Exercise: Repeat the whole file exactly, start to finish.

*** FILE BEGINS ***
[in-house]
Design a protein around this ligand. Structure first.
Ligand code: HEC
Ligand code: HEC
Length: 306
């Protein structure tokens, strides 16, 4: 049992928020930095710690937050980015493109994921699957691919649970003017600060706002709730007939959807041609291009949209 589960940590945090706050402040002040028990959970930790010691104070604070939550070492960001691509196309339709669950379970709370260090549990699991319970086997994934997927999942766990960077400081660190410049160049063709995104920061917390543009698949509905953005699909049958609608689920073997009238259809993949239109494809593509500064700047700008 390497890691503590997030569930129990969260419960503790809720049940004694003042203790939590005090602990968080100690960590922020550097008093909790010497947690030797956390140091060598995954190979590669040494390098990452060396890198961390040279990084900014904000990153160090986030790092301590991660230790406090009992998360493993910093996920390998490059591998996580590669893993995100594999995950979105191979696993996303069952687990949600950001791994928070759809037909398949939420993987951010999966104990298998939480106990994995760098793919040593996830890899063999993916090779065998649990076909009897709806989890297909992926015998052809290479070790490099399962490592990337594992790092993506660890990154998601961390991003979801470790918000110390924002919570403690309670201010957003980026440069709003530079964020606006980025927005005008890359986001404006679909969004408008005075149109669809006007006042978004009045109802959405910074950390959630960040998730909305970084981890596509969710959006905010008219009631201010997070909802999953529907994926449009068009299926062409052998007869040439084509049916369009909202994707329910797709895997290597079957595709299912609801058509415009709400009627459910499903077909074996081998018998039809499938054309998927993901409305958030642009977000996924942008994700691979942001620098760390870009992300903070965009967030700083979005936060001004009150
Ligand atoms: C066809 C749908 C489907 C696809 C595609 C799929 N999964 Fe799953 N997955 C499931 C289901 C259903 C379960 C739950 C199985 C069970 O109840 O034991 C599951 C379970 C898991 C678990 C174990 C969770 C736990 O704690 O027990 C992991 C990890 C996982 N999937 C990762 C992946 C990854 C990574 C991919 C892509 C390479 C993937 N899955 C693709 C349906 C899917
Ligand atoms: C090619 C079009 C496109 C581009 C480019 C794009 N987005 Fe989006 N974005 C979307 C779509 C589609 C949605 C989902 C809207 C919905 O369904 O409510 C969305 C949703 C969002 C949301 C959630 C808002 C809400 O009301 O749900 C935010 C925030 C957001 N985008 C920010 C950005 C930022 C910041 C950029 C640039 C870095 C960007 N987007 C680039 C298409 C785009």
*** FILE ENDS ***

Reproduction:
[in-house]
Design a protein around this ligand. Structure first.
Ligand code: HEC
Ligand code: HEC
Length: 306
């Protein structure tokens, strides 16, 4: 049992928020930095710690937050980015493109994921699957691919649970003017600060706002709730007939959807041609291009949209 589960940590945090706050402040002040028990959970930790010691104070604070939550070492960001691509196309339709669950379970709370260090549990699991319970086997994934997927999942766990960077400081660190410049160049063709995104920061917390543009698949509905953005699909049958609608689920073997009238259809993949239109494809593509500064700047700008 390497890691503590997030569930129990969260419960503790809720049940004694003042203790939590005090602990968080100690960590922020550097008093909790010497947690030797956390140091060598995954190979590669040494390098990452060396890198961390040279990084900014904000990153160090986030790092301590991660230790406090009992998360493993910093996920390998490059591998996580590669893993995100594999995950979105191979696993996303069952687990949600950001791994928070759809037909398949939420993987951010999966104990298998939480106990994995760098793919040593996830890899063999993916090779065998649990076909009897709806989890297909992926015998052809290479070790490099399962490592990337594992790092993506660890990154998601961390991003979801470790918000110390924002919570403690309670201010957003980026440069709003530079964020606006980025927005005008890359986001404006679909969004408008005075149109669809006007006042978004009045109802959405910074950390959630960040998730909305970084981890596509969710959006905010008219009631201010997070909802999953529907994926449009068009299926062409052998007869040439084509049916369009909202994707329910797709895997290597079957595709299912609801058509415009709400009627459910499903077909074996081998018998039809499938054309998927993901409305958030642009977000996924942008994700691979942001620098760390870009992300903070965009967030700083979005936060001004009150
Ligand atoms: C066809 C749908 C489907 C696809 C595609 C799929 N999964 Fe799953 N997955 C499931 C289901 C259903 C379960 C739950 C199985 C069970 O109840 O034991 C599951 C379970 C898991 C678990 C174990 C969770 C736990 O704690 O027990 C992991 C990890 C996982 N999937 C990762 C992946 C990854 C990574 C991919 C892509 C390479 C993937 N899955 C693709 C349906 C899917
Ligand atoms: C090619 C079009 C496109 C581009 C480019 C794009 N987005 Fe989006 N974005 C979307 C779509 C589609 C949605 C989902 C809207 C919905 O369904 O409510 C969305 C949703 C969002 C949301 C959630 C808002 C809400 O009301 O749900 C935010 C925030 C957001 N985008 C920010 C950005 C930022 C910041 C950029 C640039 C870095 C960007 N987007 C680039 C298409 C785009």